throughout the community - leaving the redistribution of wealth to
other levels of government as a policy objective as they saw fit.
4. POSSIBLE OPTIONS
The Committee reviewed all the possible revenue-raising options. These
included property taxes of various kinds, a poll tax, local income tax,
sales taxes, taxes on particular goods and services, user charges for
certain services, betterment levies and developer contributions, and
grants from central government. In addition it reviewed the scope for
revenue-earning through commercial operations and joint ventures,
together with the scope for revenue-conserving through the more
rational operation of pricing policies, concessions and exemptions.
It then tested all these possible options against various criteria of
acceptability in terms of equity and efficiency, and their conformity
with the benefit principle.
5. THE INQUIRY PROCESS
Meetings of the Committee or its research sub-committee were held on
average fortnightly. The Committee drew upon the ample literature
covering the theory and practice of valuation and rating and public
revenue-raising and revenue-earning, especially the reports of
previous inquiries, and reports on recent developments in the United
Kingdom. It assembled copies of all the relevant local and interstate
legislation. It addressed a comprehensive questionnaire about current
valuation and rating practice to 78 Australasian local governments and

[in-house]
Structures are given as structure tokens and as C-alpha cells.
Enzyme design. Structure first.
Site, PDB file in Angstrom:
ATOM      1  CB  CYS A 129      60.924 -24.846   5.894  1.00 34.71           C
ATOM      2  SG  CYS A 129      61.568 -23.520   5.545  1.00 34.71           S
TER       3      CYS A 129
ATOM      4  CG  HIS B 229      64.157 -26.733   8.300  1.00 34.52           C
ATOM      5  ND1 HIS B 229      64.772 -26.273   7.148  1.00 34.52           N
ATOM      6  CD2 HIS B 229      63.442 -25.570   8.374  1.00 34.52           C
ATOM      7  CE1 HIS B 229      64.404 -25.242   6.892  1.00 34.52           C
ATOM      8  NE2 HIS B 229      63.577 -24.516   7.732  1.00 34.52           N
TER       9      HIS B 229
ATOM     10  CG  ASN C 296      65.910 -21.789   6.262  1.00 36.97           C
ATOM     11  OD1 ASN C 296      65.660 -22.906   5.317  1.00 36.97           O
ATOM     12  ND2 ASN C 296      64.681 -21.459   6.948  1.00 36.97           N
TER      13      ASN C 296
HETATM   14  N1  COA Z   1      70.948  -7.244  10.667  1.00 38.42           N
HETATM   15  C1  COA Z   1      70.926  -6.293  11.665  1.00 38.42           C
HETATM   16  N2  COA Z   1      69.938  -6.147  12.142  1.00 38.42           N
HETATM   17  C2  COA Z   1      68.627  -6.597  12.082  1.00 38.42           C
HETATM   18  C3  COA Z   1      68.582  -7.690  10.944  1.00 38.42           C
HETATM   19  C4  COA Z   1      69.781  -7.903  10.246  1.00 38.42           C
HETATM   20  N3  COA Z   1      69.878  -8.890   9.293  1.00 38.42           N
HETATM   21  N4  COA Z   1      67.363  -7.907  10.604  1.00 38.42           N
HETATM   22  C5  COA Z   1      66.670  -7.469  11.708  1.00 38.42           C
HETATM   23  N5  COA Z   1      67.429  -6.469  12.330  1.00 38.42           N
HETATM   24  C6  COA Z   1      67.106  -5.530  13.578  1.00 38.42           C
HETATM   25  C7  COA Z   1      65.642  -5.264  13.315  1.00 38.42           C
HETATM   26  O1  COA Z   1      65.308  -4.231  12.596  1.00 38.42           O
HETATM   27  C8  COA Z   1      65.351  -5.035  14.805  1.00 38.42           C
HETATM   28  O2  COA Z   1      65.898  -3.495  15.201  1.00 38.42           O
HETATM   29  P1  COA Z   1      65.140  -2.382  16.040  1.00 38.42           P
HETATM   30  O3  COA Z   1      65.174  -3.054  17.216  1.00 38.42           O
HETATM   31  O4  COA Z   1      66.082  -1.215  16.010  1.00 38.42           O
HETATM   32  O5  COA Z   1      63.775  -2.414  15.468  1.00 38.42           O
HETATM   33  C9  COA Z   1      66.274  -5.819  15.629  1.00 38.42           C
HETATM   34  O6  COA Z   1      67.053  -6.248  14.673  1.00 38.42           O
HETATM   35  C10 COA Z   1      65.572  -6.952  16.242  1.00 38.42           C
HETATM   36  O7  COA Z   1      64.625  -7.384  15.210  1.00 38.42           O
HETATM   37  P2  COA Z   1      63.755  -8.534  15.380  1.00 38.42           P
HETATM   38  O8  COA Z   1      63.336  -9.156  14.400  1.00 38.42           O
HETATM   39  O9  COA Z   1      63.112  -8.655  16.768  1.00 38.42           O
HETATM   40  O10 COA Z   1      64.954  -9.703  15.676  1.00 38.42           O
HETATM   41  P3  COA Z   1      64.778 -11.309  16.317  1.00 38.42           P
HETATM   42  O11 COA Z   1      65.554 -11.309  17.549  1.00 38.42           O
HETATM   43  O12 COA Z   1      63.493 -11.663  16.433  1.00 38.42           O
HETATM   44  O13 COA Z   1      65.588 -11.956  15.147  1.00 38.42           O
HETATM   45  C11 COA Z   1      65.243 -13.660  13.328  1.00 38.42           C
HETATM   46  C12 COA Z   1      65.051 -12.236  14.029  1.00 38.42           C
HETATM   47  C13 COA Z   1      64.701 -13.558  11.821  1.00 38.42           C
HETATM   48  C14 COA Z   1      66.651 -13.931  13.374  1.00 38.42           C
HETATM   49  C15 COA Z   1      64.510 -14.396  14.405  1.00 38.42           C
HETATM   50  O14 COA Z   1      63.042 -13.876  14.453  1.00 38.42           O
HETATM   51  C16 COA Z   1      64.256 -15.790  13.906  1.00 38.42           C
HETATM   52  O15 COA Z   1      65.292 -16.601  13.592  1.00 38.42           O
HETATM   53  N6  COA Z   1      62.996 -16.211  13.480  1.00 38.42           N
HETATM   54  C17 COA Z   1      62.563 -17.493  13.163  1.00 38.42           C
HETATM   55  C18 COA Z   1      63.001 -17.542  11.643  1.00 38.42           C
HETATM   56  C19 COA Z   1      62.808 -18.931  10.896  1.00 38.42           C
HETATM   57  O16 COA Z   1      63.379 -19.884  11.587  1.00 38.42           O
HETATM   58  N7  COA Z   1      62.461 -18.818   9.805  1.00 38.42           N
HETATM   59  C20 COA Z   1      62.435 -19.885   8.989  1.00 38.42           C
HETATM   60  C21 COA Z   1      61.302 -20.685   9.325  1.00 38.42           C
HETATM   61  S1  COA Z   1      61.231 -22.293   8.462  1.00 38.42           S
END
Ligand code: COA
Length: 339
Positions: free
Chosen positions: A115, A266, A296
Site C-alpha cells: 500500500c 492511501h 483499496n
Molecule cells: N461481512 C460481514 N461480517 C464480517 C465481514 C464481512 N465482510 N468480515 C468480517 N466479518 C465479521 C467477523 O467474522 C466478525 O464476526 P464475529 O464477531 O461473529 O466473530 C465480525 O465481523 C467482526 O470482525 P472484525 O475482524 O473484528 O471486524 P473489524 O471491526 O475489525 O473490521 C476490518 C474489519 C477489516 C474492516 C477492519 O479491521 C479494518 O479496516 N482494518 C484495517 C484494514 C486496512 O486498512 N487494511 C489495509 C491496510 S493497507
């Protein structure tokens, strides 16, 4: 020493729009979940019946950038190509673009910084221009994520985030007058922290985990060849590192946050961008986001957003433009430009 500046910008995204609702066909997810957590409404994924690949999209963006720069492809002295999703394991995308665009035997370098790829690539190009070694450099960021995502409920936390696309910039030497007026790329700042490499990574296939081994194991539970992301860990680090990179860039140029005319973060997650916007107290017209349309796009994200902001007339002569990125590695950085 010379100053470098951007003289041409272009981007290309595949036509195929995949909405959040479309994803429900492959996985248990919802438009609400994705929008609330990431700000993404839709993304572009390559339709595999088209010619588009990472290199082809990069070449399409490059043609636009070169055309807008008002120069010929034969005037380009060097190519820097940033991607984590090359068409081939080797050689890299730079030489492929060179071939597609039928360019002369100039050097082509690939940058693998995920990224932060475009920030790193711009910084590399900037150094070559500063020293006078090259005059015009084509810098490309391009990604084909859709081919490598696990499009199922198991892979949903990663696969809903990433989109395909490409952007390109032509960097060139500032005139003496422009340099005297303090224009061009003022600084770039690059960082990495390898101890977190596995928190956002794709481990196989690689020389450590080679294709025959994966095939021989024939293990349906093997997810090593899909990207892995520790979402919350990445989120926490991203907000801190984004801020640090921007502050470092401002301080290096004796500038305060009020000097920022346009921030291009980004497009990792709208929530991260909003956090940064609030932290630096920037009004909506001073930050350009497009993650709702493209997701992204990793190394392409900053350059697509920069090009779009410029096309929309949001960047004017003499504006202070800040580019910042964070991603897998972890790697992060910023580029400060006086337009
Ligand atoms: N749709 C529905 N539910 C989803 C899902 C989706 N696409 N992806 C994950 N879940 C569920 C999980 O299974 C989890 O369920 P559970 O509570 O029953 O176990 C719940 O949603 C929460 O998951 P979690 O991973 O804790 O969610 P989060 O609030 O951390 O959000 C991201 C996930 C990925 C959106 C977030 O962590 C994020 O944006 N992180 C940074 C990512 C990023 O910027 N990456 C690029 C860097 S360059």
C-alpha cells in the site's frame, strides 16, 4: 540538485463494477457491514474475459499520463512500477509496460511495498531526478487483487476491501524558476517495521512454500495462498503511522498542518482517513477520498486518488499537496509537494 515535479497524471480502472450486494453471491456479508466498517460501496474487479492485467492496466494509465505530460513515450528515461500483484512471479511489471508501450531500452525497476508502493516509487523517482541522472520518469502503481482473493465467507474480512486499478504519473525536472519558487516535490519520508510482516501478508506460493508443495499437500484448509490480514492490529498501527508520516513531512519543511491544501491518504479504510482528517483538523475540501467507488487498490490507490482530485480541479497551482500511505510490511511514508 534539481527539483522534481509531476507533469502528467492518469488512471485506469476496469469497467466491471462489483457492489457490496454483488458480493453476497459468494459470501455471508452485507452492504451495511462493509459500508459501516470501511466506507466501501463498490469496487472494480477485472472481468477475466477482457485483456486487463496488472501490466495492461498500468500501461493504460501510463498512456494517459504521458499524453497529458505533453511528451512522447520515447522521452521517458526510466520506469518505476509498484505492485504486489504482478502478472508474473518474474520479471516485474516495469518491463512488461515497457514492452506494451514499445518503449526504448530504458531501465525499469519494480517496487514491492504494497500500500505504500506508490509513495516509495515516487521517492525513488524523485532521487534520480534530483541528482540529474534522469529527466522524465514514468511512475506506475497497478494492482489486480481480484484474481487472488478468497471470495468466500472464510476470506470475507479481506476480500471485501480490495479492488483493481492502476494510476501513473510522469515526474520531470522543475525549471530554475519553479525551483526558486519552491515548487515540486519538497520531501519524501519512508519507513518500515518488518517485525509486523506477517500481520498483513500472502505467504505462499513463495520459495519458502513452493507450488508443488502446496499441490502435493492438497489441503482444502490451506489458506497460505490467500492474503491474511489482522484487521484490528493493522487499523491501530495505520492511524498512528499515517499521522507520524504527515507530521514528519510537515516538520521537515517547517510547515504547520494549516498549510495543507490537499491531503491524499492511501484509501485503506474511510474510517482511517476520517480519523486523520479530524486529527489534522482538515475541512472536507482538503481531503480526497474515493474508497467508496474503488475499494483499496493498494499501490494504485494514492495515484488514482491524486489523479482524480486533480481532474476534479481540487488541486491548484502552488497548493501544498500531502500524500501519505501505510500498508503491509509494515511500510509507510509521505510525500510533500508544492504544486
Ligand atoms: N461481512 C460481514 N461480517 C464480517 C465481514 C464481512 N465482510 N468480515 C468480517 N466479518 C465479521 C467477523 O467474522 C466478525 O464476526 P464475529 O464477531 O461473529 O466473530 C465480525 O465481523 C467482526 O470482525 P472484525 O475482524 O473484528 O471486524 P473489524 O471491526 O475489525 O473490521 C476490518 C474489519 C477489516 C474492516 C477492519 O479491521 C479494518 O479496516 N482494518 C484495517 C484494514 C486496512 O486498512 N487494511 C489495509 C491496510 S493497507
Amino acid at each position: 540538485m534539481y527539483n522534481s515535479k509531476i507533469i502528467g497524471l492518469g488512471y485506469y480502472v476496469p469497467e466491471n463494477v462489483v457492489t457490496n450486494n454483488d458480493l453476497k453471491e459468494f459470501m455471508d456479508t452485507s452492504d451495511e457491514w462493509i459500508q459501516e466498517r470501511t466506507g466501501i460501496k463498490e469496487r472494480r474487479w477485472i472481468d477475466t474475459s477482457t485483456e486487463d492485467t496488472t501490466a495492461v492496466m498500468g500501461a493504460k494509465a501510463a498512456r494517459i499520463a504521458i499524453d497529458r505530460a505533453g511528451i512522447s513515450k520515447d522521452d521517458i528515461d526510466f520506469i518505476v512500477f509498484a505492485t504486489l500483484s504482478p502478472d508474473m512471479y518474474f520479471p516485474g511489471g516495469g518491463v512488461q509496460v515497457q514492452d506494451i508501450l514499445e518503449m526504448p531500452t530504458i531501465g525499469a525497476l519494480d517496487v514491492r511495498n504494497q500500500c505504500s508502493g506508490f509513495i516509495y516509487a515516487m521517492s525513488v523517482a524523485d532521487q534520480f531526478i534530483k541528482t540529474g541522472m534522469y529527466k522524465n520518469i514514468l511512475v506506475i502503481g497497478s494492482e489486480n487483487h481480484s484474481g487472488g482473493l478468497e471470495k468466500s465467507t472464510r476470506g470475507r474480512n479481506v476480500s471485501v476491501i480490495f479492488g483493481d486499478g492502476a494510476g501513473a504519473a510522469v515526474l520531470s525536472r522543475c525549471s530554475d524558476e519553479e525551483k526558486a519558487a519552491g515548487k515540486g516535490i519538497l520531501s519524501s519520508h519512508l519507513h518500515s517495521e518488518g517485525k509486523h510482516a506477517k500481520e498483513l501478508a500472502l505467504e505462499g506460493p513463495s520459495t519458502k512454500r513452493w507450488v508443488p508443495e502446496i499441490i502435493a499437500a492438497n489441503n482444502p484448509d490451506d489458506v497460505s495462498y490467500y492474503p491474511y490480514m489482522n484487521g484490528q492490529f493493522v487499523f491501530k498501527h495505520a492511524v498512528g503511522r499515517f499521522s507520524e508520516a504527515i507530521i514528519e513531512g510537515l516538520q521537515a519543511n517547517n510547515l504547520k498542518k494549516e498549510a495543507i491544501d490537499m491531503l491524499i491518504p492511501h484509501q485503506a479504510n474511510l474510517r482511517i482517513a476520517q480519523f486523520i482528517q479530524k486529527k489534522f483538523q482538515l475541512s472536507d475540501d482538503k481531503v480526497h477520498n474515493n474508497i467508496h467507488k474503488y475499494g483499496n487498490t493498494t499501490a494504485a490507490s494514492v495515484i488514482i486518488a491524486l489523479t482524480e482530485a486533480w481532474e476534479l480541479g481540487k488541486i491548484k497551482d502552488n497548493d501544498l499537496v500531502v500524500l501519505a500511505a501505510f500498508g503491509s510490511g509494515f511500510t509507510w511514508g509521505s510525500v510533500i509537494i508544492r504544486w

in a number of cases it followed up the questionnaire with supple-
mentary inquiries. It invited public submissions by advertisement in
the Brisbane press. It sought and received advice and information
from officers of the Council, from acknowledged experts in various
professional areas, and from the Queensland Valuer-General.
While the Committee operated at arm's length from Council, it
nevertheless informed itself of current policy issues confronting
the Council. It submitted three interim reports to the lord Mayor.
Its interim recommendations regarding water and sewerage charges
were substantially adopted in Council's 1988-89 budget.
A feature of the inquiry was the commissioning of research to explore
and quantify the implications of possible options and develop models
to assist Council. Compared with earlier inquiries, two other features
distinguish the context in which the present inquiry was conducted.
One was the introduction of annual valuations by the Valuer-General
in 1986. Secondly, town planning controls defining permissible land
uses now warrant greater recognition as a determinant of the value
of land than has hitherto been the case.
6. CONCLUSIONS AND RECOMMENDATIONS
Conceptually and administratively public revenue-raising is an